Correct Transmission, LLC v. Nokia Corporation et al

Filing 241

MEMORANDUM ORDER - denying 110 . Signed by Magistrate Judge Roy S. Payne on 3/26/2024. (CH)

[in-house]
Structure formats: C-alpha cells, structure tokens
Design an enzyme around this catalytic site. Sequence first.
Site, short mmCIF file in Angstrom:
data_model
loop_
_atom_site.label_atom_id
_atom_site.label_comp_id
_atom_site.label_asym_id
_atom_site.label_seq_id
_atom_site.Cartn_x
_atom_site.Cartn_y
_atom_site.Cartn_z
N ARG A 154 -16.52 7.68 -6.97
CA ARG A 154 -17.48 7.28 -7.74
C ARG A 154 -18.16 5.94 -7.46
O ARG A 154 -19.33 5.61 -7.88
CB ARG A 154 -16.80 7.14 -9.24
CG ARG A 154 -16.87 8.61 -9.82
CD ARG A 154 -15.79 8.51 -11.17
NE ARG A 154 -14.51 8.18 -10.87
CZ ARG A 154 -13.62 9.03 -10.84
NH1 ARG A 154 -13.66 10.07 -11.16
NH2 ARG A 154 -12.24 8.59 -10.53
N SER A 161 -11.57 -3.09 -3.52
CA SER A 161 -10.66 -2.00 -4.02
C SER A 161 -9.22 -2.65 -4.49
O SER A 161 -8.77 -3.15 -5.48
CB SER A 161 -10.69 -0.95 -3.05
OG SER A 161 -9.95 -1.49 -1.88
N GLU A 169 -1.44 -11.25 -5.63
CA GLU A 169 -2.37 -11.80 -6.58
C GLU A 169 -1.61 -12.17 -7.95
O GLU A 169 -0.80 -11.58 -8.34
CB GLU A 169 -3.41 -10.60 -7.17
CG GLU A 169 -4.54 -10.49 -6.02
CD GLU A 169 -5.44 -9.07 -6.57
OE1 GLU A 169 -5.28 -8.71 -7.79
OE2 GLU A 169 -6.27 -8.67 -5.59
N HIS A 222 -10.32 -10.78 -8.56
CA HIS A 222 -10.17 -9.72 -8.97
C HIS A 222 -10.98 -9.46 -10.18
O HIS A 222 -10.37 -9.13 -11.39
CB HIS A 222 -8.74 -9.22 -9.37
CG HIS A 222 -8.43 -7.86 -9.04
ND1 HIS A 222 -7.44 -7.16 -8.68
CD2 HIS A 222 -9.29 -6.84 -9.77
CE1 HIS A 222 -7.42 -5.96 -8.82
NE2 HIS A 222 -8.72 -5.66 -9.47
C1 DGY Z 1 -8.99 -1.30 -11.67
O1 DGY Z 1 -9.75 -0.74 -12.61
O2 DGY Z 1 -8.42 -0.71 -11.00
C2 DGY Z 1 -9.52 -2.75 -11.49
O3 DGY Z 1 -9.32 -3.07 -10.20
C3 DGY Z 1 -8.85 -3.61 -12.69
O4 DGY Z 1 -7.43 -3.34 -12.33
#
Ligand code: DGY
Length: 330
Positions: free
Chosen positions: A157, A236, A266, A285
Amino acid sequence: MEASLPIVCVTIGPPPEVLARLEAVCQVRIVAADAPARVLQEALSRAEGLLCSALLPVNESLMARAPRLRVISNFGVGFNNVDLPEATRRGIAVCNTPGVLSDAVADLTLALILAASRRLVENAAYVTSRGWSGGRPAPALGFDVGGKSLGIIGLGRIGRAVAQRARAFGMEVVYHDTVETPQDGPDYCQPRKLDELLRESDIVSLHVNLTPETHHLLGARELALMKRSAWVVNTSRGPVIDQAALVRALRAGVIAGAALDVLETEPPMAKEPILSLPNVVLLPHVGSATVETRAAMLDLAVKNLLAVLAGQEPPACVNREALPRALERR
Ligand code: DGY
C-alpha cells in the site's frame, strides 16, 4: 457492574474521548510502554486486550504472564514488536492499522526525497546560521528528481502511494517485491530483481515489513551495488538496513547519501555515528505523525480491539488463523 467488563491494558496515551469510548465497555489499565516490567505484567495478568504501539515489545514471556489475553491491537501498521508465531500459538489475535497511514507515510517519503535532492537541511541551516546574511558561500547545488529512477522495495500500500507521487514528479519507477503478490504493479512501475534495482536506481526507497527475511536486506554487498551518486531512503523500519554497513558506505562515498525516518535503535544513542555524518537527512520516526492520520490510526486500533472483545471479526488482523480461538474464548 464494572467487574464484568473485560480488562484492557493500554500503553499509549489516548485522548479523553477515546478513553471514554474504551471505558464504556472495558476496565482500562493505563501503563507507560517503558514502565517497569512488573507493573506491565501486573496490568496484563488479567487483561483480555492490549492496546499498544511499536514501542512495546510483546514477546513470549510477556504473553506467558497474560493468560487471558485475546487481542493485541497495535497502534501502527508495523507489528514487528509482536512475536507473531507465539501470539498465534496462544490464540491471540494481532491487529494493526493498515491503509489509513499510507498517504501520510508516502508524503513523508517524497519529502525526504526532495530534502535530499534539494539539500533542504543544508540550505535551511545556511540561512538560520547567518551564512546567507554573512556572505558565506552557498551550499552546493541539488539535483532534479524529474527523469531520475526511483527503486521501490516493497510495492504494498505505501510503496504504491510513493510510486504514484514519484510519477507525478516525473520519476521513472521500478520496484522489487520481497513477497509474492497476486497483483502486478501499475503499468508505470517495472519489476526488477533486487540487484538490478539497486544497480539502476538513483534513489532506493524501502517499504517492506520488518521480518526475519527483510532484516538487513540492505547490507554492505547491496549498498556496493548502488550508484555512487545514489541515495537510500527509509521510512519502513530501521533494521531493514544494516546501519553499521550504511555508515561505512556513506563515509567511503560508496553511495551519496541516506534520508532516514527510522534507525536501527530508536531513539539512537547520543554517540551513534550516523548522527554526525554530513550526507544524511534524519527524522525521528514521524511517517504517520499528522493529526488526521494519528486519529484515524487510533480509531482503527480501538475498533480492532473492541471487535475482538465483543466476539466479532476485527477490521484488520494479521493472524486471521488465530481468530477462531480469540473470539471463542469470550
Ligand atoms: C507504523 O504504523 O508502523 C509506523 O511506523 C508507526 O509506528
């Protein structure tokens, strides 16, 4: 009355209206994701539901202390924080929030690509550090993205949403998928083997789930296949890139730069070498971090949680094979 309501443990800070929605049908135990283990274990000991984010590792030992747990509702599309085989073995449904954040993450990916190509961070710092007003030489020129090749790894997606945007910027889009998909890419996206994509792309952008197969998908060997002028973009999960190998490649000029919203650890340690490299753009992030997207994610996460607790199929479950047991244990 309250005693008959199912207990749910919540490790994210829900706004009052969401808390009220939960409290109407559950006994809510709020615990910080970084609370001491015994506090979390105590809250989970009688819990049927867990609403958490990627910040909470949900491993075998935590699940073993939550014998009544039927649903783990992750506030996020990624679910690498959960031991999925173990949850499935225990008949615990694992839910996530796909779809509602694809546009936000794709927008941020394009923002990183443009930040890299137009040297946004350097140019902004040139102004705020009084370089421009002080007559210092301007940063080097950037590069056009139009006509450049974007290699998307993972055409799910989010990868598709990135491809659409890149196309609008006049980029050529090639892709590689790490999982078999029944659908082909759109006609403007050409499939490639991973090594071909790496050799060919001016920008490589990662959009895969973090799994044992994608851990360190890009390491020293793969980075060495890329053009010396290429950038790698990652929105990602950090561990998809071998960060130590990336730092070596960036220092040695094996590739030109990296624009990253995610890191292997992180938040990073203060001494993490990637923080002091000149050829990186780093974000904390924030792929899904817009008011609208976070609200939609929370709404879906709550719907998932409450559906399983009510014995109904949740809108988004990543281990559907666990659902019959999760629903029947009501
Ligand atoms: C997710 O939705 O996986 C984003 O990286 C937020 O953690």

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IN THE UNITED STATES DISTRICT COURT FOR THE EASTERN DISTRICT OF TEXAS MARSHALL DIVISION CORRECT TRANSMISSION, LLC Plaintiff, v. NOKIA OF AMERICA CORP., Defendant. § § § § § § § § CIVIL ACTION NO. 2:22-cv-00343-JRG-RSP MEMORANDUM ORDER Before the Court is Nokia’s Motion to Strike and Exclude Portions of the Expert Report of Dr. Eric Cole (Dkt. No. 110.). After consideration, the Court DENIES the motion as provided below. I. BACKGROUND This case addresses the infringement and validity of five patents: U.S. Patent No. 6,876,669, U.S. Patent No. 7,127,523, U. S. Patent No. 7,283,465, and U.S. Patent No. 7,983,150. (Dkt. No. 1.) Dr. Cole provides apportionment opinions in support of CT’s damages case. (Mot. at 1.) II. APPLICABLE LAW An expert witness may provide opinion testimony if “(a) the expert’s scientific, technical, or other specialized knowledge will help the trier of fact to understand the evidence or to determine a fact in issue; (b) the testimony is based on sufficient facts or data; (c) the testimony is the product of reliable principles and methods; and (d) the expert has reliably applied the principles and methods to the facts of the case.” Fed. R. Evid. 702. Rule 702 requires a district court to make a preliminary determination, when requested, as to whether the requirements of the rule are satisfied with regard to a particular expert’s proposed 1 testimony. See Kumho Tire Co. v. Carmichael, 526 U.S. 137, 149 (1999); Daubert v. Merrell Dow Pharm., Inc., 509 U.S. 579, 592-93 (1993). District courts are accorded broad discretion in making Rule 702 determinations of admissibility. Kumho Tire, 526 U.S. at 152 (“the trial judge must have considerable leeway in deciding in a particular case how to go about determining whether particular expert testimony is reliable”). Although the Fifth Circuit and other courts have identified various factors that the district court may consider in determining whether an expert’s testimony should be admitted, the nature of the factors that are appropriate for the court to consider is dictated by the ultimate inquiry—whether the expert’s testimony is sufficiently reliable and relevant to be helpful to the finder of fact and thus to warrant admission at trial. United States v. Valencia, 600 F.3d 389, 424 (5th Cir. 2010). Importantly, in a jury trial setting, the Court’s role under Daubert is not to weigh the expert testimony to the point of supplanting the jury’s fact-finding role; instead, the Court’s role is limited to that of a gatekeeper, ensuring that the evidence in dispute is at least sufficiently reliable and relevant to the issue before the jury that it is appropriate for the jury’s consideration. See Micro Chem., Inc. v. Lextron, Inc., 317 F.3d 1387, 1391-92 (Fed. Cir. 2003) (applying Fifth Circuit law) (“When, as here, the parties’ experts rely on conflicting sets of facts, it is not the role of the trial court to evaluate the correctness of facts underlying one expert’s testimony.”); Pipitone v. Biomatrix, Inc., 288 F.3d 239, 249-50 (5th Cir. 2002) (“‘[t]he trial court’s role as gatekeeper [under Daubert] is not intended to serve as a replacement for the adversary system.’ . . . Thus, while exercising its role as a gate-keeper, a trial court must take care not to transform a Daubert hearing into a trial on the merits,” quoting Fed. R. Evid. 702 advisory committee note). As the Supreme Court explained in Daubert, 509 U.S. at 596, “Vigorous cross-examination, presentation of contrary evidence, and careful instruction on the burden of proof are the traditional and appropriate 2 means of attacking shaky but admissible evidence.” See Mathis v. Exxon Corp., 302 F.3d 448, 461 (5th Cir. 2002). III. ANALYSIS A. INFRINGEMENT OPINIONS First, Nokia argues “[t]o the extent that Dr. Cole intends to provide opinions related to infringement, those opinions should be excluded.” (Mot. at 8.) Nokia contends that Dr. Cole admitted he provides no infringement opinions and his opinions are entirely conclusory. (Id.) The Court can offer Nokia no relief on this request. Nokia has identified no opinions that it seeks to exclude, so the Court is left with nothing to review under the Daubert standards. B. IDENTIFICATION OF ALLEGEDLY INFRINGING FEATURES Nokia next complains of Dr. Cole’s identification of features of the accused products covered by the asserted patents. (Mot. at 8-9.) Nokia argues Dr. Cole provides no opinions of his own that particular features infringe and must rely on Dr. Valerdi. (Id. at 9.) However, Nokia contends Dr. Valerdi does not analyze the marketing brochure at the heart of Dr. Cole’s analysis and thus there is no linking between the features and infringement. (Id.) Indeed, Nokia contends Dr. Valerdi “rejected Dr. Cole’s assertion that the feature groups Dr. Cole relies on for his apportionment analysis are accused of infringing in this case.” (Id. at 10.) Nokia further argues that Dr. Valerdi identifies certain features for infringement that Dr. Cole does not consider and vice versa. (Id. at 10-11.) In particular, Nokia identifies Dr. Cole’s allegations as to EVPN as infringing the ’523 patent, and “Jumbo Frames” as infringing the ’669 patent, without support from Dr. Valerdi. (Id.) Nokia further points to Dr. Valerdi’s deposition where he allegedly rejected Dr. Cole’s assertion that certain “feature groups” are accused of infringing. (Id.) Additionally, Nokia contends Dr. Cole’s apportionment opinion as to the ’669 patent is based entirely on a product not accused of infringing that patent. (Id. at 11.) Nokia 3 contends this should result in Dr. Cole’s entire opinion being thrown out. (Id.) CT responds that Dr. Cole properly relies on Dr. Valerdi’s infringement opinions to develop his apportionment opinions. (Opp. at 6.) CT first contends that Nokia is incorrect regarding the representative product Dr. Cole uses for apportionment as to the ’669 Patent. (Id.) CT contends that Dr. Valerdi accuses that product of infringement. Id. (citing Dkt. No. 139-1 at ¶¶48, 53&n.1, 113-17, 136; Dkt. No. 141-2 1-55). CT further contends “that because Dr. Valerdi doesn’t identify EVPN as infringing, Dr. Cole can’t testify about apportioning EVPN features.” Dr. Valerdi accuses VPLN and VPLN is a form of EVPN. (Id. at 7.) Thus, CT contends Nokia’s argument is one of semantics. (Id.) The Court agrees with CT here. Nokia’s arguments here relate to an apparent mismatch between the opinions of Dr. Valerdi as the infringement expert and Dr. Cole as the technical apportionment expert. First, the Court is not concerned regarding any features Dr. Valerdi contends infringe but Dr. Cole does not consider for apportionment. This would seem to only lower Nokia’s damages and not present a Daubert concern with Dr. Cole’s opinions. Second, the Court is concerned with the notion Dr. Cole, who offers no infringement opinions, is asserting that certain features infringe without support from Dr. Valerdi. However, the Court is not convinced that is the case here. Rather, it appears that CT is correct that there is an issue of semantics, of fact, as to what terms are used to refer to certain features internally, as would be the focus of infringement, rather than in marketing material, as would be the focus of damages. Whether the EVPN feature can be considered as properly under the VPLN feature is a fact question, not ripe for determination under Daubert. Likewise, Dr. Valerdi’s deposition testimony does not appear to provide that the features Dr. Cole considers do not infringe, but that he did not consider infringement under the language used in advertising documents. It is not concerning that Dr. Cole provides a translation between 4 technical and advertising documents so as to apportion value. It will be for the jury to determine, as a matter of fact, if Dr. Cole has done so effectively. The Court further finds no issue with the products Dr. Cole analyzes for the ’669 patent. Dr. Valerdi provides infringement opinions as to this product, as cited by CT’s opposition. C. APPORTIONMENT TO PATENTED FEATURES Nokia also alleges that Dr. Cole’s feature-counting apportionment includes unpatented features, thus being over inclusive. (Mot. at 12-15.) Nokia contends Dr. Cole fails to quantify the contribution of the patented technologies to the features identified and instead provides the full value of those features to CT. (Id.) In particular, Nokia complains that because Dr. Cole found a single feature infringed multiple patents but performs no further apportionment, those features are counted more than once. (Id. at 13.) CT responds that Dr. Cole properly apportioned by first apportioning only 25% of the value to software and apportioning value from there. (Opp at 7-9.) CT contends based on Dr. Cole’s “vast experience in the industry” he ultimately found only 2.88% of the 25% was appropriately apportioned to one of the patents. (Id. at 8.) The Court finds that Dr. Cole has provided sufficient apportionment to survive Daubert. As the Federal Circuit has consistently held “apportionment can be addressed in a variety of ways, including ‘by careful selection of the royalty base to reflect the value added by the patented feature [or] ... by adjustment of the royalty rate so as to discount the value of a product's non-patented features; or by a combination thereof.’” Exmark Mfg. Co. Inc. v. Briggs & Stratton Power Prod. Grp., LLC, 879 F.3d 1332, 1348 (Fed. Cir. 2018). Here, Dr. Cole’s technique of counting entire features that infringe to reach this opinion rather than attempting to further apportion within the feature is sufficient. There is no perfect apportionment and Dr. Cole has apportioned to individual features at the level Nokia advertises. The Court finds this is sufficient and any concern Nokia has 5 is best addressed on cross-examination. IV. CONCLUSION The Court ORDERS Nokia’s Motion to Strike and Exclude Portions of the Expert Report of Dr. Eric Cole be DENIED. SIGNED this 3rd day of January, 2012. SIGNED this 26th day of March, 2024. ____________________________________ ROY S. PAYNE UNITED STATES MAGISTRATE JUDGE 6